When considering launching a deal process, one of the first decisions to make to make is what kind of buyer or investor you and your business would be most suited to. There are various factors that will affect this and one of the key roles of your adviser is to help you identify the most appropriate partner.

A key distinction to make is whether to pursue a trade sale or a sale / fundraise with a private equity firm. This article seeks to explain four key differences between each.

1. Buyer and investor motivations

For trade buyers, there are a variety of reasons they might seek to make an acquisition. There could be a strong strategic rationale such as gaining access to new service offerings, specific talent or capabilities, access to new clients or expanding into new geographies. They will generally be prepared to pay a premium for this to save the time and monetary expense, as well as the risk, of developing this in house. Alternatively, a trade buyer might already have similar capabilities and are seeking to achieve market growth and benefit from economies of sale. This can lead to what is known as multiple arbitrage, where due to its superior scale, a buyer can immediately benefit from a higher EBITDA multiple than they paid to acquire the target, creating instant value.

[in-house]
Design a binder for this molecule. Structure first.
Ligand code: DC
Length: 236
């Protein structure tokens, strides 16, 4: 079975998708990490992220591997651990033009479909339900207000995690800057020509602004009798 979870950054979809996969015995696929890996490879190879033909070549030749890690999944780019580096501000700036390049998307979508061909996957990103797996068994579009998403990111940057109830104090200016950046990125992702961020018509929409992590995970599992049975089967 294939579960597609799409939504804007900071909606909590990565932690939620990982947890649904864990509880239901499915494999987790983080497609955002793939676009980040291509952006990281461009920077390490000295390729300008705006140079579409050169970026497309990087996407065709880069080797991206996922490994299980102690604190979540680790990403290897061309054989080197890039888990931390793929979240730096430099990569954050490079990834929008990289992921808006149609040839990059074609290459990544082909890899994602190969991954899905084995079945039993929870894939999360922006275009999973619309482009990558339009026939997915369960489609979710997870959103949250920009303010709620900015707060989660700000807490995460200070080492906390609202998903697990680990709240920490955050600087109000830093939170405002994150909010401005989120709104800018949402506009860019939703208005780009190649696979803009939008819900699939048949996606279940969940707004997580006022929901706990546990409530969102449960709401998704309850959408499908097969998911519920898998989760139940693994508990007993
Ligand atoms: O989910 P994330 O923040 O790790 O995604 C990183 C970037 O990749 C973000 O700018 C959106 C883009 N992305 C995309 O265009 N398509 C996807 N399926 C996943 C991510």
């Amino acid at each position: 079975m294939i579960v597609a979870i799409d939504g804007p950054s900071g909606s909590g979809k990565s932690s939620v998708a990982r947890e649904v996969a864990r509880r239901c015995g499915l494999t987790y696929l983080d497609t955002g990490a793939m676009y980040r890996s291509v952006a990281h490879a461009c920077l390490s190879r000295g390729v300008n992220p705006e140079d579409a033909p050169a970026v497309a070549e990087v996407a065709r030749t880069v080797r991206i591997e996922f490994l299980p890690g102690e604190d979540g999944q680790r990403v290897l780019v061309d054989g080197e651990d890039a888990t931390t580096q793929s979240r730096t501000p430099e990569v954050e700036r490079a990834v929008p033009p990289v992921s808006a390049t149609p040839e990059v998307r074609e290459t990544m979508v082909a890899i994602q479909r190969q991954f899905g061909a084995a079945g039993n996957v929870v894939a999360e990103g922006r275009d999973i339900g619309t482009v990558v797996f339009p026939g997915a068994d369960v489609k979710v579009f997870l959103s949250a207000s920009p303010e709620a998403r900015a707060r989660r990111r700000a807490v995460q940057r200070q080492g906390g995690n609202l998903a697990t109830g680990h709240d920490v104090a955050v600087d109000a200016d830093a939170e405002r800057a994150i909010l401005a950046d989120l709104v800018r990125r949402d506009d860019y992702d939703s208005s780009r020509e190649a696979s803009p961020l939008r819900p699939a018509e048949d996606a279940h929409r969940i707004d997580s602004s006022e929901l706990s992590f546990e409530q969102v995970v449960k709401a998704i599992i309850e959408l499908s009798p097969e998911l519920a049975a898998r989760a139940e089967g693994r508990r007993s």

For private equity buyers and investors, the motivations are based on financial returns. Funds generally have target returns for their investors and therefore seek to achieve a minimum level of return within a specific timeframe. This means that post-acquisition they will seek to grow the business before a secondary sale (at a higher valuation), generally within 3—5 years. A common method of achieving this growth can be through a series of ‘bolt-on’ acquisitions (complementary companies acquired by the company with the support of the private equity firm), allowing a business to grow at a faster rate than it would have organically. Alternatively, the private equity buyer / investor might provide the additional capital required to grow organically through launching new services or expanding into new geographies.

2. Deal structure

A trade buyer will generally seek to purchase 100% of the shares at completion, allowing a full exit for the existing shareholders. In the media and technology sectors, there will generally then be an element of deferred consideration or an ‘earn-out’, , whereby additional consideration will be due based on the profits achieved in a defined period post-acquisition (generally 2-3 years). Some buyers may prefer a structure in which they acquire a controlling stake (but not 100%) at completion and buy-out the remaining stake over a defined period post-deal. This is usually linked to the profits across the period so provides a very similar overall deal outcome to a full sale and earn-out.